Feb. 4 (Bloomberg) -- Hewlett-Packard Co. will start selling its first Chromebook laptop, entering the market for low-priced portable computers running an operating system from Google Inc. that emphasizes working on the Web.
The HP Pavilion 14 Chromebook has a 14-inch screen, 16-gigabyte solid-state drive and Intel Corp. processor. It also comes with 100 gigabytes of free storage on the online Google Drive service for two years, which ordinarily costs about $120. The laptop goes on sale today in the U.S., with a starting price of about $330, the company said in a statement.
Chromebooks, also sold by companies such as Samsung Electronics Co. and Acer Inc., run Google’s Chrome operating system -- software that emphasizes Web browsing, video and Google’s online software for word processing and other tasks. Hewlett-Packard, the world’s largest personal computer maker, will highlight its device’s bigger screen size compared with competing models, said David Conrad, the company’s consumer notebook director.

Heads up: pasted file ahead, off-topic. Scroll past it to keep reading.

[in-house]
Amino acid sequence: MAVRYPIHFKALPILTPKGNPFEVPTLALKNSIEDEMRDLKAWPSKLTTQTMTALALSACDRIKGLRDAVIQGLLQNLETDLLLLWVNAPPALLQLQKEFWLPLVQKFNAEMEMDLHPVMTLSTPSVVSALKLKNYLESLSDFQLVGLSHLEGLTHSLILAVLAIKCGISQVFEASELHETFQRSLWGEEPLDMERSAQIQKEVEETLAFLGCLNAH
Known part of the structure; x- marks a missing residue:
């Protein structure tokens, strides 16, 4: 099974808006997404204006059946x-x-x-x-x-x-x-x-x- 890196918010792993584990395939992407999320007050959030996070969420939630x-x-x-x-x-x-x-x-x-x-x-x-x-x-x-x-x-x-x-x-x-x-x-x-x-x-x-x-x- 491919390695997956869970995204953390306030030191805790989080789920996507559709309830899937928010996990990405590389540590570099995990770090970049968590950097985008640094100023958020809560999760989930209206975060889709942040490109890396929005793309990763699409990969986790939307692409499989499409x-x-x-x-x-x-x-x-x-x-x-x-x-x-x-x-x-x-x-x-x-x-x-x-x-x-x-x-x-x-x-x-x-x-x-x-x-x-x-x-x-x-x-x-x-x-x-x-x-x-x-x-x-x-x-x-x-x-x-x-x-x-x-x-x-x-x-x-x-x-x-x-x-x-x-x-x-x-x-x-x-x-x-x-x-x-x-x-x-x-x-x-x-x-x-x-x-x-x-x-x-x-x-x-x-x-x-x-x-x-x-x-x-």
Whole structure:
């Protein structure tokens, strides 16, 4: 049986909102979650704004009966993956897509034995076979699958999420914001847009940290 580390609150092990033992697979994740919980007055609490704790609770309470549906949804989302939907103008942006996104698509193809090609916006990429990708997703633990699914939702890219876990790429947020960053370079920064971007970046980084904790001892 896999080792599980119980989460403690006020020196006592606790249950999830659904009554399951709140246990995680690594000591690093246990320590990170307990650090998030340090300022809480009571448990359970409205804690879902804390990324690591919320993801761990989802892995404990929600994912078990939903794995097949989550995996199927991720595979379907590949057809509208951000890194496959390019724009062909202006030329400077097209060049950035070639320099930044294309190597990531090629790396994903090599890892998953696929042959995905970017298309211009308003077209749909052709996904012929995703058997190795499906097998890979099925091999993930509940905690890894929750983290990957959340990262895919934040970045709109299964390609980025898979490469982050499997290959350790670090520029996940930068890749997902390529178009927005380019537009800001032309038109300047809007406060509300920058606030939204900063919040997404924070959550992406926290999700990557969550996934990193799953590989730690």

Hewlett-Packard, based in Palo Alto, California, is grappling with a shrinking market for PCs, which generated 28 percent of its fiscal fourth quarter sales. Executive Vice President Todd Bradley said last month that sales of Windows 8, the latest version of Microsoft Corp.’s flagship operating system, had been disappointing since its Oct. 26 debut.
Hewlett-Packard slipped 1.7 percent to $16.18 at the close in New York, leaving the shares down 44 percent over the past year.
To contact the reporters on this story: Aaron Ricadela in San Francisco at email@example.com
To contact the editor responsible for this story: Tom Giles at firstname.lastname@example.org